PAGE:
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Bristol, Tenn. spent $800,000 less in 2019 than 2018 on private vendors, contractors | Latest Headlines

A vendor the city actually paid less was Gordon Group Investment Limited, a Nashville-based company that administered insurance for the city. It was one of the city’s top paid vendors in 2018 and 2019, the tax filings show. But in 2018, the city paid $473,013, while it paid $256,031 in 2019. Musick said this was because the city stopped retaining the firm’s services partway through 2019.

Solid waste disposal

In 2019, the city paid Eco-Safe Systems, a subsidiary of Advanced Disposal Systems, $96,696 for tipping and solid waste disposal fees it accrued dumping garbage at the company’s landfill in Blountville. It was the vendor the city paid the fourth highest amount in 2019.

The city only started using Eco-Safe’s landfill half way through 2019, after it determined it could save money taking its trash to Eco-Safe instead of Bristol, Virginia’s landfill, which it had used since 1998. Before Bristol Tennessee City Council voted to switch, it was told by the city staff that the change would save the city a net amount of roughly $70,000 a year over the next five years.

Though the city didn’t come close to saving $70,000 on solid waste fees in fiscal year 2019-20, the switch still seems to have paid off. Despite the city dropping off more solid waste in fiscal year 2019-20 than in the previous one, the city paid less to do it. Beavers said in fiscal year 2018-19, when the city was still using Bristol, Virginia’s landfill, it dropped off about 10,294 tons of solid waste and paid $233,050 to do so, but in fiscal year 2019-20, it dropped off about 10,698 tons at Eco-Safe’s landfill and paid $224,661.

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Tulsa-based Argonaut Private Equity completes sale of pipeline contractor in Northeast-Appalachian region | Business News

Tulsa-based Argonaut Private Equity has announced it has completed the sale of Otis Eastern Service, a leading contractor of pipelines for midstream and utility companies, to Artera Services, headquartered in Atlanta.

Located in Wellsville, New York, Otis Eastern was founded in 1936 and acquired by the Joyce family in 1981. During the next 33 years, the Joyce family grew Otis Eastern into a best-in-class pipeline contractor throughout the Northeast and Appalachian regions.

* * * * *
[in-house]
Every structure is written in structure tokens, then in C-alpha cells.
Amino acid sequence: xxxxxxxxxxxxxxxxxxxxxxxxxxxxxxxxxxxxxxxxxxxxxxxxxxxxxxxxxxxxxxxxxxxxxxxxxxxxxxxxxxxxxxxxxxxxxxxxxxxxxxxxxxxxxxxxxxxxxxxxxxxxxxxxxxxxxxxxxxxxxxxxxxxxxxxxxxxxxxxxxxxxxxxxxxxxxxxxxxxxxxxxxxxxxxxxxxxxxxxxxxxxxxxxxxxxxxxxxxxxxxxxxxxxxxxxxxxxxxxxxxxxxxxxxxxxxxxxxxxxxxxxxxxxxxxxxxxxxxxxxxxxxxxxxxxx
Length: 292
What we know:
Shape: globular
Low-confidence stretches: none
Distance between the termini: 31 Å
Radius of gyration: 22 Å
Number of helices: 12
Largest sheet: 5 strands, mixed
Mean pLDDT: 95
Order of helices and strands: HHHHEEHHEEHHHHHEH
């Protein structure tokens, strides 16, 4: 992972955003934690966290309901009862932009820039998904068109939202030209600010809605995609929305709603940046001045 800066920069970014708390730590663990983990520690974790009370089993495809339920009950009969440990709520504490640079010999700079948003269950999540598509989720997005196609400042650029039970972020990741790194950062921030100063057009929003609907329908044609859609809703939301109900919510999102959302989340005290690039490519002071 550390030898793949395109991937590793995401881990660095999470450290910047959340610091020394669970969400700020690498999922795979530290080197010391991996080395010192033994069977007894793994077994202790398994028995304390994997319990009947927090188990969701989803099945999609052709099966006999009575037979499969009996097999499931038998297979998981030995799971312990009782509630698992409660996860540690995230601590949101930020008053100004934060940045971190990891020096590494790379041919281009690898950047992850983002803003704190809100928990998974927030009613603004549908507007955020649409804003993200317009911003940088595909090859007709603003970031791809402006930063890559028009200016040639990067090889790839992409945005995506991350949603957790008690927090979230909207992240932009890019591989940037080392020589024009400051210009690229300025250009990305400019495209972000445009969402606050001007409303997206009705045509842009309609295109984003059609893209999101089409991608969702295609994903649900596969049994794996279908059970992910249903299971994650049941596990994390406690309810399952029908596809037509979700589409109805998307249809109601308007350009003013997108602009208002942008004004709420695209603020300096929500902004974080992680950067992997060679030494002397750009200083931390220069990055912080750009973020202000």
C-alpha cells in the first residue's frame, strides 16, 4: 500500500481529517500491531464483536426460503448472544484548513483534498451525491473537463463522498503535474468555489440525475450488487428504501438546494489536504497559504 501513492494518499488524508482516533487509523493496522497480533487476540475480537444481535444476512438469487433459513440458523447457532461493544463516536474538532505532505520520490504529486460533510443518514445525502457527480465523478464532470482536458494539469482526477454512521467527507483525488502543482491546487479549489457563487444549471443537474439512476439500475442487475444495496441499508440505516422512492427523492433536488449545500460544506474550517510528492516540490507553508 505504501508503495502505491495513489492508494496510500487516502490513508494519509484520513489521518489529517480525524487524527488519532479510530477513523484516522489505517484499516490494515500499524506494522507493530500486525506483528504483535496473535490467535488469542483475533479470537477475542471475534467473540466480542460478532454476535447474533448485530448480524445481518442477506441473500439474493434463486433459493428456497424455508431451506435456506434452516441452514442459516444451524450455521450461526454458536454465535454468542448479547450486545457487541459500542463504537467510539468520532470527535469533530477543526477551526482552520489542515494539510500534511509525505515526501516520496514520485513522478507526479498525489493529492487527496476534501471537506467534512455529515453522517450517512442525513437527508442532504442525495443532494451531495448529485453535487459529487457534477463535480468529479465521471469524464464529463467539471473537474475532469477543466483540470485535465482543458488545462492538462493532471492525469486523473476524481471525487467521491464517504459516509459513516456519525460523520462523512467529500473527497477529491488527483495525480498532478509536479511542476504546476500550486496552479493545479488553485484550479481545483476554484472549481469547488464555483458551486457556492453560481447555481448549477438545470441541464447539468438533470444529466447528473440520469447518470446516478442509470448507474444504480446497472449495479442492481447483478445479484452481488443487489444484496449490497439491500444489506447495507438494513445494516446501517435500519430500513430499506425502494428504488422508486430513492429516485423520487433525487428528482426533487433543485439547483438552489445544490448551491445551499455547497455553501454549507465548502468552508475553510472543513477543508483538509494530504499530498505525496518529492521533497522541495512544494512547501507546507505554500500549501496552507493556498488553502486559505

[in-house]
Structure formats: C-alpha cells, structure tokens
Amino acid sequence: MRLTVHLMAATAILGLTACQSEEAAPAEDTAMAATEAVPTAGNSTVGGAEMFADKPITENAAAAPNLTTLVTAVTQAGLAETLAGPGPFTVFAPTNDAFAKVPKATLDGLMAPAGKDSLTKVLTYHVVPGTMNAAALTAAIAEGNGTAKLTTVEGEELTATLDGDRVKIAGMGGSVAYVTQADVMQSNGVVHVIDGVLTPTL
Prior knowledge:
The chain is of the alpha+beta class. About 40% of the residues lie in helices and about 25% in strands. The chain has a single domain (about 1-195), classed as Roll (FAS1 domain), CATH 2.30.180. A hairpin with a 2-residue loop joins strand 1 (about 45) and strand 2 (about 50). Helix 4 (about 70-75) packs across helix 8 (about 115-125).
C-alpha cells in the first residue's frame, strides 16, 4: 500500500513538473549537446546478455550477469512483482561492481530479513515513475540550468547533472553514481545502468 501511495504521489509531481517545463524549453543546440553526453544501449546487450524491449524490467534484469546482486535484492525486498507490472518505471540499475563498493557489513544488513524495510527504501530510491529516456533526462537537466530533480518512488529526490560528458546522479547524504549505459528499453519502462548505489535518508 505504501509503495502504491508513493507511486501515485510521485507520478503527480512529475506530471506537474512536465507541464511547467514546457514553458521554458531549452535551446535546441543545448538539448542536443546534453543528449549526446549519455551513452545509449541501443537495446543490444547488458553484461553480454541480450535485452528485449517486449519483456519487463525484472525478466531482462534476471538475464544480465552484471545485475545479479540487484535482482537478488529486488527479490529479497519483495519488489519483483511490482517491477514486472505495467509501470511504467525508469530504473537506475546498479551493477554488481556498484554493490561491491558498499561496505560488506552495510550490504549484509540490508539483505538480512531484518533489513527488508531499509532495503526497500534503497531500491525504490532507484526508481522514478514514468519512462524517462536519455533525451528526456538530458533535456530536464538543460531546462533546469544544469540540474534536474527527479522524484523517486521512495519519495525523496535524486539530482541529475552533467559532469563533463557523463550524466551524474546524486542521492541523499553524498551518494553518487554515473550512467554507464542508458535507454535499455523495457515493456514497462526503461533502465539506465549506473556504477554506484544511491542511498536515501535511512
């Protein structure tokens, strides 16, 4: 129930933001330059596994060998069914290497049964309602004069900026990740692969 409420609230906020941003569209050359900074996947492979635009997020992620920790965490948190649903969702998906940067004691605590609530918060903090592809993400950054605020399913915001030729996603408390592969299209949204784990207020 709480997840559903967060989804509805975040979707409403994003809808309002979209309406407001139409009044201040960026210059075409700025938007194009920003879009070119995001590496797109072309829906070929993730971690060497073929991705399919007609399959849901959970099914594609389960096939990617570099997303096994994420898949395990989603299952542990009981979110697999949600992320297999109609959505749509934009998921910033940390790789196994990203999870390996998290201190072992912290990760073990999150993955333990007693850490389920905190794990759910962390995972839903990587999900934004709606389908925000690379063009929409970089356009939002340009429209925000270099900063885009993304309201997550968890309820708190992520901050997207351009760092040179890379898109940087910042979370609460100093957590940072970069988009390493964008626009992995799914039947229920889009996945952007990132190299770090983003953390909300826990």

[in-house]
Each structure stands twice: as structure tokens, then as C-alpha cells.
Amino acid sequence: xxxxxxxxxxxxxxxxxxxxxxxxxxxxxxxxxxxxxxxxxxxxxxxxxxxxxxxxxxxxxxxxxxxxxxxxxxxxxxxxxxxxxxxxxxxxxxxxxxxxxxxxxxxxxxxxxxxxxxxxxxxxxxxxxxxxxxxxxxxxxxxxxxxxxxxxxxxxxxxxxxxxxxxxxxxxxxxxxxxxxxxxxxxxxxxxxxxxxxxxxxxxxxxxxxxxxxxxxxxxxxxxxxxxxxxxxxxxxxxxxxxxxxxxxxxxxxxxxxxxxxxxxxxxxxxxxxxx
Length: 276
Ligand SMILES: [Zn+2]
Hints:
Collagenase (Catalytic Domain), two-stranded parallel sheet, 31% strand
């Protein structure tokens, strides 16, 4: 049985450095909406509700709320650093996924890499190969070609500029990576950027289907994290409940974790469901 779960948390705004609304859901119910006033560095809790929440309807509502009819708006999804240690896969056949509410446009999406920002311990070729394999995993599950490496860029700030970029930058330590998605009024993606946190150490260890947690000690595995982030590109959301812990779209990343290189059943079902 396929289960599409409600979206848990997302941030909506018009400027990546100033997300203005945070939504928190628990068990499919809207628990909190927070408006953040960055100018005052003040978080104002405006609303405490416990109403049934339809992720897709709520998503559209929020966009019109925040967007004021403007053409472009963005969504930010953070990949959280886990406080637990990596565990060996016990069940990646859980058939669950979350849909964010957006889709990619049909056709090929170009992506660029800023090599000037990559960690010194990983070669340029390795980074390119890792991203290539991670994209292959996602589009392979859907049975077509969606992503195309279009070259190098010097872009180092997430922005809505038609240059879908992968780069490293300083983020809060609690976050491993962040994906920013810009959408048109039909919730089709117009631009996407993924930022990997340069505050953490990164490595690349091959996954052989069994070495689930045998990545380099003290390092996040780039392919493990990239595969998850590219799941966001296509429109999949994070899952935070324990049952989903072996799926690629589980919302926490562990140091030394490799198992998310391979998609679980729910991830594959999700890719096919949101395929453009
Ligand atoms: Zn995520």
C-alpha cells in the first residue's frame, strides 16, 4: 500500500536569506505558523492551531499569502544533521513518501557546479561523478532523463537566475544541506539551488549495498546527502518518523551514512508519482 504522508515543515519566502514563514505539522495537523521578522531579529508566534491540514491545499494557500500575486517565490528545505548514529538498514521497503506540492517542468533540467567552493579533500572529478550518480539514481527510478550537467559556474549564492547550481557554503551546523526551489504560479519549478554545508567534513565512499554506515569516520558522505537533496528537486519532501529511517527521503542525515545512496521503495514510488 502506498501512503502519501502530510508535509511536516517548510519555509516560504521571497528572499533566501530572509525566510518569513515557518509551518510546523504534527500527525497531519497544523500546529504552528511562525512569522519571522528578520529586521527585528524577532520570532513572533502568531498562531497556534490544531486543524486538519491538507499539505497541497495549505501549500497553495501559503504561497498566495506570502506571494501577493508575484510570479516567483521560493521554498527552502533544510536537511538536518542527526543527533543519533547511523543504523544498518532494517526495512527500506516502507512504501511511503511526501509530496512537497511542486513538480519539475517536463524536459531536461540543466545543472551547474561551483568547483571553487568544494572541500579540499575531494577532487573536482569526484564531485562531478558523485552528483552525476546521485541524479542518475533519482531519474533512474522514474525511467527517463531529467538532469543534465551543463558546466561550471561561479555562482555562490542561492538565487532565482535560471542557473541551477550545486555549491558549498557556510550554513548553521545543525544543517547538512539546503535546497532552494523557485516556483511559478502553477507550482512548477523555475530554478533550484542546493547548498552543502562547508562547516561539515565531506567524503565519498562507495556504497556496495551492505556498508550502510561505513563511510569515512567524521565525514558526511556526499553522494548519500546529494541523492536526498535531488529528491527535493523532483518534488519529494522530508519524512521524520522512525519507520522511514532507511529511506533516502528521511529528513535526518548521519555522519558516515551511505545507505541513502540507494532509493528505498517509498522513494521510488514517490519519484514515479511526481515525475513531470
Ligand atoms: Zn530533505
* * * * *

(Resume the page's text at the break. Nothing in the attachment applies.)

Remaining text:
In 2014, Argonaut partnered with the Joyce family to facilitate succession planning and expand the management team and back office operations, which were designed to enable the company to efficiently scale to meet growing market demand. This transformation included the promotion of Casey Joyce to president and CEO, becoming the third-generation member of the Joyce family to lead the company.

“The success of Argonaut’s partnership with Otis Eastern speaks to our core focus of working alongside founder and family-owned businesses,” Argonaut CEO Steve Mitchell said in a statement. “We understand the dynamics of closely held companies and the importance of building upon the core foundation of a business. We serve as a strategic partner to management teams to unlock the next phase of growth in a company’s life cycle.”

Founded in 2002, Argonaut is a private equity firm that manages investments across multiple asset classes with $3 billion of capital deployed in direct investments in key industry sectors that include energy services, manufacturing and industrials.

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Otay Mesa detainees say shift of health services to private contractor complicates care

After spending the first part of the pandemic in the public spotlight for a large COVID-19 outbreak at Otay Mesa Detention Center, Immigration and Customs Enforcement has contracted out medical care at the facility to the private prison company that owns and operates it.



a close up of a door: Detainees at the Otay Mesa Detention Center in south San Diego wait in one of the secure areas of the medical section. (Nelvin C. Cepeda / The San Diego Union-Tribune)


© Provided by San Diego Union Tribune
Detainees at the Otay Mesa Detention Center in south San Diego wait in one of the secure areas of the medical section. (Nelvin C. Cepeda / The San Diego Union-Tribune)

Detainees interviewed by the San Diego Union-Tribune say the medical care, which had already been criticized by them and their advocates, has grown even worse than it was under ICE.

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Detainees complained of missed and late medications, multiple-day waits for medical attention and a lack of transfer of records that left staff in the dark about what treatment individual detainees were supposed to be receiving. It has also meant that those who had been approved for specialty care, such as oncology and orthopedics, would have to begin the lengthy process anew.

“The first couple of days, it was chaos,” said Guillermo Alvarez Mendonza, a detainee with diabetes, hypertension and chronic back pain. “If you were getting your blood sugar checked two or three times a day, it was midnight before they came for the first blood-sugar check.”